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When the screen shots first appeared for games guru Peter Molyneux’s new project, later entitled Fable, there was a massive buzz not only about the quality of the graphics but what they represented. Originally called Project Ego, the game supposedly offered a true 3-D environment where your character would react and be affected by what he did. Walk around during the day too much and your skin would become deeply sun-tanned. Go out only at night and gain the appearance of an albino. Scars from battle, a body open to the ravages of time, hairstyle, tattoos, a reputation dependant on how you behaved and a different game each time, Project Ego was the wet dream of wet dreams for RPG players eager for the next step.

So when Fable suddenly appeared under a new moniker toward the later end of 2004 questions were being asked, mainly could it produce all it set out to do?

Unfortunately not.

First off lets put things in perspective – Fable is a good game. Its intelligent, enjoyable with a lot to do and a clever touch of British humour. However, placed against the lofty objectives set, Fable falls down.

Lets start with the front end. The graphics are average and cartoony. Certainly not matching expectations. Fable is colourful, even when you choose the dark path, and characters, scenery and objects all have a cartoon touch to them which makes the game look somewhat childish. The obvious reason is that the size of the game is too big to allow for sharp, deeply-detailed animations that would have given the game the dark, edgy visual element that such a game craves. Another reason must surely have been the appeal factor, the graphic style does obviously appeal to a wider range of ages, offering a more ‘adventure’ based idea.

Controls are easy to use, the various menus both on screen and brought up by pressing the start button can be quickly searched through to achieve your goal. This is all very well because the main gameplay is a mix of wander/combat that is, as all RPG’s seem to be, a little repetitive and at times annoying. Variety is very much a factor in Fable though, tasks available to you through the guild house vary between fighting and searching or a combination of both. Within the two labels of ‘fighting’ and ‘searching’ there is a lot of choice; from defending a village against attack to finding an old lady’s lost grandson.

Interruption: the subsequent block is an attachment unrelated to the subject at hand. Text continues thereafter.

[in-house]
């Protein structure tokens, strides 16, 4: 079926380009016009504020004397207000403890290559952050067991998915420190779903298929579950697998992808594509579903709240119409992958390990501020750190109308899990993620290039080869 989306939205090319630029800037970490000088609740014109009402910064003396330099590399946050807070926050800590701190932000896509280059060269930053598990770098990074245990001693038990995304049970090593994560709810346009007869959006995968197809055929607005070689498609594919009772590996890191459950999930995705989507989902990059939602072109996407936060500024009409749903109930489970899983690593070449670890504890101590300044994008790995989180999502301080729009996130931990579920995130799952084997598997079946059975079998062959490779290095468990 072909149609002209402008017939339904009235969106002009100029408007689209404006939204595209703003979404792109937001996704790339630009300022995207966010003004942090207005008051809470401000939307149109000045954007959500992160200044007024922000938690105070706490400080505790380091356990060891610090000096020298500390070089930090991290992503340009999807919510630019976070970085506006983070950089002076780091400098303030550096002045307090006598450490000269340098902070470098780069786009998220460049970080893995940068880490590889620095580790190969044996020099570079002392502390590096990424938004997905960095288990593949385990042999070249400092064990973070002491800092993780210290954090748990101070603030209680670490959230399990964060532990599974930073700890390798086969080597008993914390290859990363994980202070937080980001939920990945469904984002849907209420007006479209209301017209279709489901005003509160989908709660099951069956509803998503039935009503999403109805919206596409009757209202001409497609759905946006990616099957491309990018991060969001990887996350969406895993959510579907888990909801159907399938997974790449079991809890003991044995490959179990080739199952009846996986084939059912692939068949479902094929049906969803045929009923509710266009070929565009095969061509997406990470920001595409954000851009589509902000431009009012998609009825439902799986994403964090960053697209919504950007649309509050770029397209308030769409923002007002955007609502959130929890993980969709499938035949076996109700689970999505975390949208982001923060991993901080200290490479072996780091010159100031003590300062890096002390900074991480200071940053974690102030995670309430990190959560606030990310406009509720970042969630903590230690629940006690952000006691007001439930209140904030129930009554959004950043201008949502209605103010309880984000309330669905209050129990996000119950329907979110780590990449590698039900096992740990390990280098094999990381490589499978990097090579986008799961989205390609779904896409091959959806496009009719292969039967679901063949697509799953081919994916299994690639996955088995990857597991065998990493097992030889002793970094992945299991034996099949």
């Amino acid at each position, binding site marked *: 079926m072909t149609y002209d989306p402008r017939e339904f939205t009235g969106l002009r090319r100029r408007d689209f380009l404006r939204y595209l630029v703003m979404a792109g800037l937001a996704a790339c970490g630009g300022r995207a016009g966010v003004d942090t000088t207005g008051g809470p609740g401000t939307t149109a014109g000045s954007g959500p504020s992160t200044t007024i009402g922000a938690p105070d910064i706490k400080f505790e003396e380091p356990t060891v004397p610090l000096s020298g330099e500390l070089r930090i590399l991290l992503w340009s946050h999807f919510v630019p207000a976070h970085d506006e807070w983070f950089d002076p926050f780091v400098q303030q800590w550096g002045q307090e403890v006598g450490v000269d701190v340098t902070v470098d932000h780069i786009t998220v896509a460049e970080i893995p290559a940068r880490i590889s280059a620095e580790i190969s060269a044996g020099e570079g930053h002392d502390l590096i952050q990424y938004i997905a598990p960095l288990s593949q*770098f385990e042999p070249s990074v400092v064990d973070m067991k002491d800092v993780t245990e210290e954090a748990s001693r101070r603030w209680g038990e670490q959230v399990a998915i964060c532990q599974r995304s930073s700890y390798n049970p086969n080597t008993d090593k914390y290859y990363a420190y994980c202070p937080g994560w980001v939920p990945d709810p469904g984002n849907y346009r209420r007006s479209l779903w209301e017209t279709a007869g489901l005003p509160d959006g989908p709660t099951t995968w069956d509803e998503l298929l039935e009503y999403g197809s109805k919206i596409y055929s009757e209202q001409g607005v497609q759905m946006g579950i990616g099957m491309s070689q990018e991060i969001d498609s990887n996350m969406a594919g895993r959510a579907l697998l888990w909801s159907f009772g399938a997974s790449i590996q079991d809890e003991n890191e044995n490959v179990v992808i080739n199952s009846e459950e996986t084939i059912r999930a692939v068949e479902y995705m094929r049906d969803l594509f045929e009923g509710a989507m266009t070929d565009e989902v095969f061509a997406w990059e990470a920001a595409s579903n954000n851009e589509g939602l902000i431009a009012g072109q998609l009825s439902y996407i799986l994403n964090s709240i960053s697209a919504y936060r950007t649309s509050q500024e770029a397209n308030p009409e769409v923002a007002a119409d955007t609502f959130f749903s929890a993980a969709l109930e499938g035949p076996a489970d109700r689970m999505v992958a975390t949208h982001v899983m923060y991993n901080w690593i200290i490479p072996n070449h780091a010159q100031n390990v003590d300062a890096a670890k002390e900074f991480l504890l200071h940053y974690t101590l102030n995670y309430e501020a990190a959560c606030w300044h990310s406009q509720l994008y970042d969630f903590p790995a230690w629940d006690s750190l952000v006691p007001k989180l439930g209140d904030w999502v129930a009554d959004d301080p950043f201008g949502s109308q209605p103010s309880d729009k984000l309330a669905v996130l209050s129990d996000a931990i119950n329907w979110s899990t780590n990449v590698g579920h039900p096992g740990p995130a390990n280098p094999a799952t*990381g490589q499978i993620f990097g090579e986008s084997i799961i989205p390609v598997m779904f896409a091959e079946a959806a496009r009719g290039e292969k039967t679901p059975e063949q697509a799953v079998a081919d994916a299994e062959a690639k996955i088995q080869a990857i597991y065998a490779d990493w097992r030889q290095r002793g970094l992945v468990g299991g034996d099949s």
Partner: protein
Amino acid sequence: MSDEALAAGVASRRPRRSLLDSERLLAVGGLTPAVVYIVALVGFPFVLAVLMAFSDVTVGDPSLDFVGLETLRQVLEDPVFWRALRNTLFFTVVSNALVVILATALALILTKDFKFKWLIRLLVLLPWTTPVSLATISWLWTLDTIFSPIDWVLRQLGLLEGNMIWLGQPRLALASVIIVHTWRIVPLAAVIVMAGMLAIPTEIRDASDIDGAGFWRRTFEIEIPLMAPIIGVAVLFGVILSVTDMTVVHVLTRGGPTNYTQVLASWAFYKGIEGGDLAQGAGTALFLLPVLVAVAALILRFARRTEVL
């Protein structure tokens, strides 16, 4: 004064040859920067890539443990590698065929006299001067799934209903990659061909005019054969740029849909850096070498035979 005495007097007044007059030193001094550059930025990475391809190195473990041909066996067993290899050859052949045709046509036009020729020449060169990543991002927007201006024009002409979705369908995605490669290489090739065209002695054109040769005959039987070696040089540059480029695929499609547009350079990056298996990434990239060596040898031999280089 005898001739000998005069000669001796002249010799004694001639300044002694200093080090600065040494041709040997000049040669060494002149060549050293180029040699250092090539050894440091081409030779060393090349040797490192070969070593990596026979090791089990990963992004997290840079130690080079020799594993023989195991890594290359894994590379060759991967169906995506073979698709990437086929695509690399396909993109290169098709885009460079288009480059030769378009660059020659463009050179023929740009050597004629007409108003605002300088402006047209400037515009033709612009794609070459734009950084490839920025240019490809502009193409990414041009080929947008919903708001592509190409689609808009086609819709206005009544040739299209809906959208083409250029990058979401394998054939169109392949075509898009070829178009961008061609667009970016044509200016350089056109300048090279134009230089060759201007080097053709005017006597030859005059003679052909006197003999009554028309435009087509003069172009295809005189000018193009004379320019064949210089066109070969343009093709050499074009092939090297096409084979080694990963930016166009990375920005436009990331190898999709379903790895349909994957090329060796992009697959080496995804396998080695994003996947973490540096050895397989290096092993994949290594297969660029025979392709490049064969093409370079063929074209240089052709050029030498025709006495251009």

The key selling point though is the choice to be good or evil, hero or villain. Slaughtering villagers, peasants and anyone who comes across your path sees your character slowly develop a pale skin followed by horns and even red eyes. Other characters in the game will be deeply afraid of you, shown in their timid, British-accented responses when you come into proximity with them. Heroes on the other hand are welcomed everywhere. With good looks and gold, flowing locks villagers willingly converse with you and occasionally offer hints or pieces of information.

There is also plenty to do besides the missions and the main story arc. Hidden silver keys give access to locked chests with special items inside. The more powerful the item inside the greater the number of keys needed to open it. You can get married, multiple times, get drunk and take part in all kinds of gambling games. With so much to collect as well, from tattoos to weapons, and return trips to the guild needed to level up the various attributes of your character, there is no shortage of customisation. Game length isn’t great, there is a lot to do but not all of it has to be done, if you just follow the main story arc you can complete the game in ten or so hours of solid gaming. Not that you should, because you’d miss out on a lot of the extra features that make the game enjoyable.

Overall Fable is a good, enjoyable game that offers some new ideas which should appeal to many different types of gamer. There is though that thought of what might have been.


Reviewed by Owen Jones © 2005

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